I had never heard of Alexander von Humboldt prior to my arrival in Berlin (in 2010), but several years of calling this city my home (as well as employment at the university named after him and his brother) have ensured an accumulation of facts associated with his name, facts that were but a superficial nod of acknowledgement now that I have had the pleasure of learning about his tremendous dedication to his craft, his progressive beliefs and insights, and, possibly most eye-opening to me, his enormous influence on both contemporary and following generations of scientists, thinkers, and poets. (One of my favourite chapters covers this aspect from the perspective of Charles Darwin.) There were moments when I found myself questioning whether the author may have been overstating her case, but she ultimately presented more than enough evidence to satisfy my personal hesitation. I don’t know whether there is a comparable biography of Alexander von Humboldt out there, but I’m truly glad that Andrea Wulf decided to dedicate herself to the exposure of this story at this point of time.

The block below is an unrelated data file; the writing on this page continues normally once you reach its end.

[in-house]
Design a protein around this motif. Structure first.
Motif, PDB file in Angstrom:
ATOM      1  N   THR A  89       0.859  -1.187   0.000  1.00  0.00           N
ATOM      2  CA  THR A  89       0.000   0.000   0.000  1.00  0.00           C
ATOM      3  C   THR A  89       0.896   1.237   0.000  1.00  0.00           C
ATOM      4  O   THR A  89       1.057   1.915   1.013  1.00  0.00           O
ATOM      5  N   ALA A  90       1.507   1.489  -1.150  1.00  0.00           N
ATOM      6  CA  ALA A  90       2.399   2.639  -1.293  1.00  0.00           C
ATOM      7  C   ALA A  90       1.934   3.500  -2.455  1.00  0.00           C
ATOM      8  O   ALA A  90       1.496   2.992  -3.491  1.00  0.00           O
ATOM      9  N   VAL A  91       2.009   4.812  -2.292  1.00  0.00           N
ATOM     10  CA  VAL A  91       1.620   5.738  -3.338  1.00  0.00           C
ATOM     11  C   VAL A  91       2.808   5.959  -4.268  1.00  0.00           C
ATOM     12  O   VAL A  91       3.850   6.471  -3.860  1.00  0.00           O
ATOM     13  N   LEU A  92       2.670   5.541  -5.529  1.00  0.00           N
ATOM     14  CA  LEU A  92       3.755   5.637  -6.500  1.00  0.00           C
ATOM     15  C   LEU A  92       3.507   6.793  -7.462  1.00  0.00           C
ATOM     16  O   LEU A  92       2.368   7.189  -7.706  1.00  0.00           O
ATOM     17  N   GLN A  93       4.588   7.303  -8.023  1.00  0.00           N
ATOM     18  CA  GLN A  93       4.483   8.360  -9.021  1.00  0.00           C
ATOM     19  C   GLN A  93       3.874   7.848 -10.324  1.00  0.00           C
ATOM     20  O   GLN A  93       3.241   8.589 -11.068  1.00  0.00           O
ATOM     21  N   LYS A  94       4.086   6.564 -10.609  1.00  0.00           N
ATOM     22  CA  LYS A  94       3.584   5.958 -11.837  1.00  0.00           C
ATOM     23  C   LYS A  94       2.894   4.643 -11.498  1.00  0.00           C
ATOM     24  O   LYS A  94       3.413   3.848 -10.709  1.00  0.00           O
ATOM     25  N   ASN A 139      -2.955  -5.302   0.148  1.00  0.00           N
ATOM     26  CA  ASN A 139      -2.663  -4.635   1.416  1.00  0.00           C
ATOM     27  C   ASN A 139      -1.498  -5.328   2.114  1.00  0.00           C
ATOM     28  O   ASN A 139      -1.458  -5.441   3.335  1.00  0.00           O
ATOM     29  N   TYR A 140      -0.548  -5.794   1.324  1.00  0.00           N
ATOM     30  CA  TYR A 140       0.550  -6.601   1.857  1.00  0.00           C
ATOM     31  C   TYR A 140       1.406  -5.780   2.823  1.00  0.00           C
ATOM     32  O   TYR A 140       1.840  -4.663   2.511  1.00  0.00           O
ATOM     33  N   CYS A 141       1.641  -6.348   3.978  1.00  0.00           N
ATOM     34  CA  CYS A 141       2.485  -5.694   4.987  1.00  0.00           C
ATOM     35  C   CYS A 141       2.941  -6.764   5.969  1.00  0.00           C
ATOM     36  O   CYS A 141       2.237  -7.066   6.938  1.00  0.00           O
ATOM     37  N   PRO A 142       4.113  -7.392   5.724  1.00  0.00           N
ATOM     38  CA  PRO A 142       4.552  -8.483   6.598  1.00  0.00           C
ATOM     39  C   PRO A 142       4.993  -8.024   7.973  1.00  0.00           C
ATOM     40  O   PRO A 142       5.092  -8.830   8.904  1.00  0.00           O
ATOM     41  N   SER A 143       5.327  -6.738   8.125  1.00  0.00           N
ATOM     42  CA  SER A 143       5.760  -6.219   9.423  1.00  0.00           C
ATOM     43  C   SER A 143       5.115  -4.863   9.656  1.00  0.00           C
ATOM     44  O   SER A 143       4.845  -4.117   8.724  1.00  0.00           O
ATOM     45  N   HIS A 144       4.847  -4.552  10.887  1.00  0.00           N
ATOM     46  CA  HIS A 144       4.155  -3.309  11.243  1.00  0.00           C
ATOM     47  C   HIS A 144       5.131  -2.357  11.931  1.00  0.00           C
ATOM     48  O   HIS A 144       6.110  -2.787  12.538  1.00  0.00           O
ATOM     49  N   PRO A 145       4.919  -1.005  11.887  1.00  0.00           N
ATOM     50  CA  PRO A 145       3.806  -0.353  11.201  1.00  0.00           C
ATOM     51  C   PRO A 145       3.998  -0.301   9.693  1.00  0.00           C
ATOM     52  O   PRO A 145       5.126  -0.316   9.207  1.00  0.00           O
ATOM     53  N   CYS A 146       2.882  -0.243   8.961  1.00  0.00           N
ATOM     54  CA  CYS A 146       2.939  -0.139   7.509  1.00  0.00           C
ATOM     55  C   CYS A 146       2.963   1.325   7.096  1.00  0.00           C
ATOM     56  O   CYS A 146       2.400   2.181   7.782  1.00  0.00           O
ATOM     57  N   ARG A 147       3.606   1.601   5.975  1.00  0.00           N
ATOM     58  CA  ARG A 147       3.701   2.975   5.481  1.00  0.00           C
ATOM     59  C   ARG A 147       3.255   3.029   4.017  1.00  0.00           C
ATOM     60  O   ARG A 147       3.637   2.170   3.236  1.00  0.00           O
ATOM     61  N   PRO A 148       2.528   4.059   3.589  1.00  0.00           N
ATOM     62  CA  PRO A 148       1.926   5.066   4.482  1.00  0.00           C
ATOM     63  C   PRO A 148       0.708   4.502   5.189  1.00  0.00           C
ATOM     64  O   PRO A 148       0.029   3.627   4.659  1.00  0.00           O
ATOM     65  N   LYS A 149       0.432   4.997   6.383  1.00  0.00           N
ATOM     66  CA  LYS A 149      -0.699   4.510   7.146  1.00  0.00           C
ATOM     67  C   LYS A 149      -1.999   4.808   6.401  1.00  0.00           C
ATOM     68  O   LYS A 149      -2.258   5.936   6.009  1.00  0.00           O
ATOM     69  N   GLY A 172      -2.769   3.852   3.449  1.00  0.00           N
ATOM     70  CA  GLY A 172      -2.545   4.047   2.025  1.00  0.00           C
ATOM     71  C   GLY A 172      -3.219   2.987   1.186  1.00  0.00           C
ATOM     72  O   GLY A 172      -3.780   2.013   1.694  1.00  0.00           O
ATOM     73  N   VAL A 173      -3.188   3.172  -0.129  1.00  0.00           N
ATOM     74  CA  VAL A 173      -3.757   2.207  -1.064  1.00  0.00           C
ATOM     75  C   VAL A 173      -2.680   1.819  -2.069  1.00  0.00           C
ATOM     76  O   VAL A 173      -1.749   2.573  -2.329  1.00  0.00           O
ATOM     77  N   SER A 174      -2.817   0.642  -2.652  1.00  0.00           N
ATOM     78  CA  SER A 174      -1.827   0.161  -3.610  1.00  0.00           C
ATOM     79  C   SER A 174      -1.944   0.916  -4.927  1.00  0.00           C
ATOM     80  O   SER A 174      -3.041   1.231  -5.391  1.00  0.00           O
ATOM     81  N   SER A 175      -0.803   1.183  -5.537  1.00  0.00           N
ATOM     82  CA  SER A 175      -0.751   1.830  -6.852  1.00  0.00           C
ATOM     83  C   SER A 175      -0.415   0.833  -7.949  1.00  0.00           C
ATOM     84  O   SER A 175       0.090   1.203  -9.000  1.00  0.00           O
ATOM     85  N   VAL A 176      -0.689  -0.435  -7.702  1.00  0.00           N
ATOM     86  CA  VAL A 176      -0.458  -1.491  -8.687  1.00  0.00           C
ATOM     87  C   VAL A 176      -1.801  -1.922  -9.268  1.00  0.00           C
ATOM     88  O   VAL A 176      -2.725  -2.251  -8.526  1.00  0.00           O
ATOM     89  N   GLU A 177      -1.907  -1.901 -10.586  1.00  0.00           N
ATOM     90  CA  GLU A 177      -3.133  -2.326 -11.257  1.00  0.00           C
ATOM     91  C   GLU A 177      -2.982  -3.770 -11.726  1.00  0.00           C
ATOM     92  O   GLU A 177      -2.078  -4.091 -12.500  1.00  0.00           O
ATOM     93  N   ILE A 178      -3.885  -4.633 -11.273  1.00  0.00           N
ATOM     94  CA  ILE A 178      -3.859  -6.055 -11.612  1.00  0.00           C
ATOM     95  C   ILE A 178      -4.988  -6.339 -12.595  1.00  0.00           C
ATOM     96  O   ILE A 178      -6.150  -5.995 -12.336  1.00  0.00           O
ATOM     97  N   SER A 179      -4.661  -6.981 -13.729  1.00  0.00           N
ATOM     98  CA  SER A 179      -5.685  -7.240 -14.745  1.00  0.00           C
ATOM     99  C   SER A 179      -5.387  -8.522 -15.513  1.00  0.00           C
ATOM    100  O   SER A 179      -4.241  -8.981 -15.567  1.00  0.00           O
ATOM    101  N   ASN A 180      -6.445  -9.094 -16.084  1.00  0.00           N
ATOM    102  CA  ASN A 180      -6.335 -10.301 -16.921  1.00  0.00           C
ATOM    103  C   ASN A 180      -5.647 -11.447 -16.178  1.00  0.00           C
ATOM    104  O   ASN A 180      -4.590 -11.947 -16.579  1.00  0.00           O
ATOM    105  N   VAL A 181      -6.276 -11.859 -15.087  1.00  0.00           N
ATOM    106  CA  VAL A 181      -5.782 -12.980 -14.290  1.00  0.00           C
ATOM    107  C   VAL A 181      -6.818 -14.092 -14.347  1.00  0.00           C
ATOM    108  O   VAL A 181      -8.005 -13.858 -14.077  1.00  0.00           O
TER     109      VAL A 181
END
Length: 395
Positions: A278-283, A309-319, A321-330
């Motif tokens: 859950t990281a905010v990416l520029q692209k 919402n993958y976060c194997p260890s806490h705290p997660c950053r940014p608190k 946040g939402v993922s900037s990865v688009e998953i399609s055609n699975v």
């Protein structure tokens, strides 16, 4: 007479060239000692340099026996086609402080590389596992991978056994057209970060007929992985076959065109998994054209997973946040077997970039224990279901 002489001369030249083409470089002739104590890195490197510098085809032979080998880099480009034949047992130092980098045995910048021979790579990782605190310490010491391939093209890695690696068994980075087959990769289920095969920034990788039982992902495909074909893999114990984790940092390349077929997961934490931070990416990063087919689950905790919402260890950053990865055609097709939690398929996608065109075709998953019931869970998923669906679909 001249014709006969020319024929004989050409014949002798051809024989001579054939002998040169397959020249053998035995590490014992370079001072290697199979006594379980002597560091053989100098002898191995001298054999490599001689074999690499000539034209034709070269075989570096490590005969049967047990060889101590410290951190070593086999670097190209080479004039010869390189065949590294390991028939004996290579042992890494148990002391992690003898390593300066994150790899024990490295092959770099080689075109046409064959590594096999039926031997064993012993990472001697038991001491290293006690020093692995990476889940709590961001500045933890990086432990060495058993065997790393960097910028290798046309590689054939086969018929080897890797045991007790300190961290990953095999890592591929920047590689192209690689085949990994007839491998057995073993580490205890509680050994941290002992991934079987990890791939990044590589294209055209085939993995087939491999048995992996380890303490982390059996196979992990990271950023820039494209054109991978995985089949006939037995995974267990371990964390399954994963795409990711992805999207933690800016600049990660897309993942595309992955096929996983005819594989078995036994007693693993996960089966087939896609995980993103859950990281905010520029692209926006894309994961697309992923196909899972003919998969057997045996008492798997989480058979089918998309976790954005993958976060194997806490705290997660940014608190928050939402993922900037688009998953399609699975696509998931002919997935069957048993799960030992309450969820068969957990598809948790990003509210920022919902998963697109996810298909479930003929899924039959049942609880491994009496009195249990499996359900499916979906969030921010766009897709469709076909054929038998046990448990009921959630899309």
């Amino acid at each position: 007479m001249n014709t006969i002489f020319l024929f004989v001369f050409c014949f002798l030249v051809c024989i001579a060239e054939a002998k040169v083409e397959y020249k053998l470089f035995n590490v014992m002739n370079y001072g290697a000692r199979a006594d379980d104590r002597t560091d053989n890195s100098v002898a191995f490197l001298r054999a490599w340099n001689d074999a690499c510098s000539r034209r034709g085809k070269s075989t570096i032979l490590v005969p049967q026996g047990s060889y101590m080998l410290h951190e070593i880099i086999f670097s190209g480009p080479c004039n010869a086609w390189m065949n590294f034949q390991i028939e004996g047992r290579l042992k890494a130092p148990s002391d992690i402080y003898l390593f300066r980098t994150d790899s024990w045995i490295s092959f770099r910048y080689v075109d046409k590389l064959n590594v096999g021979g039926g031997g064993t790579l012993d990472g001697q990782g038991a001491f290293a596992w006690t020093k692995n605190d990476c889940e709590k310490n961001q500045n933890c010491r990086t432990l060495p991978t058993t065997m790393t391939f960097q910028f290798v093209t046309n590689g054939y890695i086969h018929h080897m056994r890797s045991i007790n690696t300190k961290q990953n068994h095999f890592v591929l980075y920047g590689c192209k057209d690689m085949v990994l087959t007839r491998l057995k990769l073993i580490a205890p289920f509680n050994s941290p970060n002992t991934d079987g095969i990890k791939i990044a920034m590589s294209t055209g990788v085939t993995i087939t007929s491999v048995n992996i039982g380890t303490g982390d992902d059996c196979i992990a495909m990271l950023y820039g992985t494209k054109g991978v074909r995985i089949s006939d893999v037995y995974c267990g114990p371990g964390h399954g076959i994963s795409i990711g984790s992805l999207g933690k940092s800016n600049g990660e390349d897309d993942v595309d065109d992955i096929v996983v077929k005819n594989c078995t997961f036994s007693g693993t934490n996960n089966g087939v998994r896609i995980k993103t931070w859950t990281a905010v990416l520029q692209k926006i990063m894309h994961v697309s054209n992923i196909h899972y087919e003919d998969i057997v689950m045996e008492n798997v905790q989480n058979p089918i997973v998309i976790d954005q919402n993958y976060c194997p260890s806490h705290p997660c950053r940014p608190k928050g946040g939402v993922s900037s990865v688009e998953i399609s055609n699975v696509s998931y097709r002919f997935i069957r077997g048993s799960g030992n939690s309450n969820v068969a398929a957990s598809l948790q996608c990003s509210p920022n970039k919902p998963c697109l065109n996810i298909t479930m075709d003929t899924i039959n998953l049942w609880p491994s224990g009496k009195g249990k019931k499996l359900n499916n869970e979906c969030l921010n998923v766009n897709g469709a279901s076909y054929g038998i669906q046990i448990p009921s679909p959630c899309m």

The invention of nature: Alexander von Humboldt’s new world (Andrea Wulf)